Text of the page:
June 7, 2016
New exhibition highlights recent acquisitions
Monumental Paintings by Miró, Mitchell, and Riopelle also on view for the first time in more than a decade
“Masterworks from the Hirshhorn Collection,” a new rehanging of the third-level permanent collection galleries of the Smithsonian’s Hirshhorn Museum and Sculpture Garden, opens June 9. Featuring more than 75 works in virtually all media, the exhibition includes several major artworks that have not been on view in more than a decade, as well as in-depth installations devoted to some of the most important artists in the collection.
On view at the Hirshhorn for the first time since returning from the White House in 2008 is “Painted on 21st Street” (1950-51), an early abstract expressionist canvas by Helen Frankenthaler. Joan Miró’s “Woman Before an Eclipse With Her Hair Disheveled by the Wind” (1967) has rarely been on view in 25 years.
More than a dozen paintings and works on paper by Willem de Kooning will be exhibited alongside sculptures by Alberto Giacometti, foregrounding holdings of both artists’ works that are among the best in the world. Jean Dubuffet will be represented by both sculptures and paintings and Francis Bacon by two 1957 paintings inspired by Van Gogh. Other cornerstones of the collection on view are Constantin Brancusi‘s “Sleeping Muse I” (1909-10), Edward Hopper‘s “Eleven A.M.” (1926), Ed Ruscha‘s “The Los Angeles County Museum on Fire” (1965-68), Louise Bourgeois‘ “Legs” (1986/cast 2008) and Ron Mueck‘s “Untitled (Big Man)” (2000).
“Our founding benefactor, Joseph H. Hirshhorn, ensured that there will always be a place for modern and contemporary art on the National Mall,” said Melissa Chiu, the Hirshhorn’s director. “It is a vital part of our cultural heritage. With this installation, we wanted to honor the generosity of Joe and his wife Olga, and to point the way forward by hanging the best works from their original gift with some of the latest additions to the collection.”
“The reinstallation also allows us to reexamine works that have not been seen in more than a decade,” said Stéphane Aquin, the museum’s chief curator. “We have major monumental triptychs by both Joan Mitchell, who is well known but still underappreciated, and Jean-Paul Riopelle, who is rightly lauded as among the 20th century’s greatest abstract painters in his native Canada and in France, where he worked for many years, but for whom recognition in the United States is still lagging. It is a joy to be introducing these works to a new generation of viewers.”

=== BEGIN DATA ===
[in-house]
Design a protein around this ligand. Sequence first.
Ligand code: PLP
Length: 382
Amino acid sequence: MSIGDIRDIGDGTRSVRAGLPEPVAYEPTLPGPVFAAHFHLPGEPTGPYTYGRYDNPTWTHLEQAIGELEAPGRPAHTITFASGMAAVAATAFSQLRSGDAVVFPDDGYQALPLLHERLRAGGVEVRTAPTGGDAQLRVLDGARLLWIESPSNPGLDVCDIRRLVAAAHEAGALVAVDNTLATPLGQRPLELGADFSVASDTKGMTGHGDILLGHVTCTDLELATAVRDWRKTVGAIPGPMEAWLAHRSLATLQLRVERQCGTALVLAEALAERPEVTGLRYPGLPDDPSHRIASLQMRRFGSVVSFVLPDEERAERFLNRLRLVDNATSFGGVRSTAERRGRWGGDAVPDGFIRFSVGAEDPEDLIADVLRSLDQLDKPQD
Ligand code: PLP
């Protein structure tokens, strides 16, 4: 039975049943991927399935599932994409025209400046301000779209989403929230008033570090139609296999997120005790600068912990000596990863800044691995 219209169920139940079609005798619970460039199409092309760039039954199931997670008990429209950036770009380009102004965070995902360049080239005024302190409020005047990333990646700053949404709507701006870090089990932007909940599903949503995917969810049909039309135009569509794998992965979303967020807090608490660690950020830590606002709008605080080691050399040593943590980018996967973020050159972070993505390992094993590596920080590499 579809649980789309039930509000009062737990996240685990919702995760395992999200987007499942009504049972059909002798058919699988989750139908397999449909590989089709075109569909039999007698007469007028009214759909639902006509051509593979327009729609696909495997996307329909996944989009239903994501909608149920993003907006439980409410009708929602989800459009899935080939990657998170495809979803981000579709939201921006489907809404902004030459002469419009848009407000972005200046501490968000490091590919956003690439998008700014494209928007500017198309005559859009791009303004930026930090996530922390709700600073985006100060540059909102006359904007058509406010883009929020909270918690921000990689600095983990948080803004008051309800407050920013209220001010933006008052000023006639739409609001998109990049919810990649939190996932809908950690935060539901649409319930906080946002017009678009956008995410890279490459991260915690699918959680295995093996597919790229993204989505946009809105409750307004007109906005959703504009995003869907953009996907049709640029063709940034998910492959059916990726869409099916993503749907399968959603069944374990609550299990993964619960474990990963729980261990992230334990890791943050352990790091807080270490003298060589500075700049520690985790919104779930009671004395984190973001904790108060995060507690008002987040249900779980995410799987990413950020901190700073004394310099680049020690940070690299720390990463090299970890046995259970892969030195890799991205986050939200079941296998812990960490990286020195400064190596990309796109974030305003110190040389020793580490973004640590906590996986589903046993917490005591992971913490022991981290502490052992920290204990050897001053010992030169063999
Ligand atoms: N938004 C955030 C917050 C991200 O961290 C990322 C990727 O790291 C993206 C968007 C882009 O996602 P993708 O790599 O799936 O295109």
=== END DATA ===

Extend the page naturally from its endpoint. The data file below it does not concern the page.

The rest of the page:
Other rarely exhibited works include Robert Delaunay’s “Study for Portrait of Philippe Soupault” (1922) and a pair of maquettes for kinetic sculptures by George Rickey from the 1960s.
New cultural histories will be represented by some of the most recent additions to the Hirshhorn’s collection. Brazil-based Mexican artist Héctor Zamora‘s “O Abuso da História [The Abuse of History]” (2014) is a video of a riotously destructive group performance at São Paulo’s Hospital Matarazzo, a historic building slated for redevelopment. Occupying the Lerner Room overlooking the National Mall, Cuban artist Reynier Leyva Novo‘s “Five Nights” (2014) maps five revolutionary 20th-century manifestos that gave rise to totalitarian regimes-penned by Lenin, Hitler, Castro, Mao and Gadhafi-to conceptual monochromes based on the amount of ink spilled in each text. Also appearing at the Hirshhorn for the first time is “R.S.V.P. X” (1976/2014) by Senga Nengudi, who in the 1970s was among a group of artists in Los Angeles who explored conceptual and performance art in their pursuit of a new African American aesthetic.
The exhibition will be augmented by a special loan of Peter Doig‘s painting “Spearfishing” (2013), which hangs alongside richly colored canvases by Bacon, Richard Diebenkorn and Wifredo Lam. Eduardo Basualdo‘s “The End of Ending” (2012), a massive sculptural installation that occupies all but a sliver of walkable space in a gallery adjoining the Lerner Room, is among the newest additions to the Hirshhhorn